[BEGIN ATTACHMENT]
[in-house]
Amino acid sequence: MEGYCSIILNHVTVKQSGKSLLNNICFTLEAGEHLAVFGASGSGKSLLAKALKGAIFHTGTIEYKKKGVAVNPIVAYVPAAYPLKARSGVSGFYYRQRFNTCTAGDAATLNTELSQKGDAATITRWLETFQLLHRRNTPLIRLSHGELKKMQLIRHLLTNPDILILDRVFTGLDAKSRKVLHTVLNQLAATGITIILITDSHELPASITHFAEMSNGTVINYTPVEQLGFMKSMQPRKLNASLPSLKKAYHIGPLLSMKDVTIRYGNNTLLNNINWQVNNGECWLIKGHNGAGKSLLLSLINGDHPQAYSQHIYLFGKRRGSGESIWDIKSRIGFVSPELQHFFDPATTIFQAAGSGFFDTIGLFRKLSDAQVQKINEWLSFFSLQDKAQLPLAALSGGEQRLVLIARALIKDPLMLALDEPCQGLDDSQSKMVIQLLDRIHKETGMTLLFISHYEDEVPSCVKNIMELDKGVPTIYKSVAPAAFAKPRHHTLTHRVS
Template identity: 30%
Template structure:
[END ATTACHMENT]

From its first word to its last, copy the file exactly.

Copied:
[in-house]
Amino acid sequence: MEGYCSIILNHVTVKQSGKSLLNNICFTLEAGEHLAVFGASGSGKSLLAKALKGAIFHTGTIEYKKKGVAVNPIVAYVPAAYPLKARSGVSGFYYRQRFNTCTAGDAATLNTELSQKGDAATITRWLETFQLLHRRNTPLIRLSHGELKKMQLIRHLLTNPDILILDRVFTGLDAKSRKVLHTVLNQLAATGITIILITDSHELPASITHFAEMSNGTVINYTPVEQLGFMKSMQPRKLNASLPSLKKAYHIGPLLSMKDVTIRYGNNTLLNNINWQVNNGECWLIKGHNGAGKSLLLSLINGDHPQAYSQHIYLFGKRRGSGESIWDIKSRIGFVSPELQHFFDPATTIFQAAGSGFFDTIGLFRKLSDAQVQKINEWLSFFSLQDKAQLPLAALSGGEQRLVLIARALIKDPLMLALDEPCQGLDDSQSKMVIQLLDRIHKETGMTLLFISHYEDEVPSCVKNIMELDKGVPTIYKSVAPAAFAKPRHHTLTHRVS
Template identity: 30%
Template structure: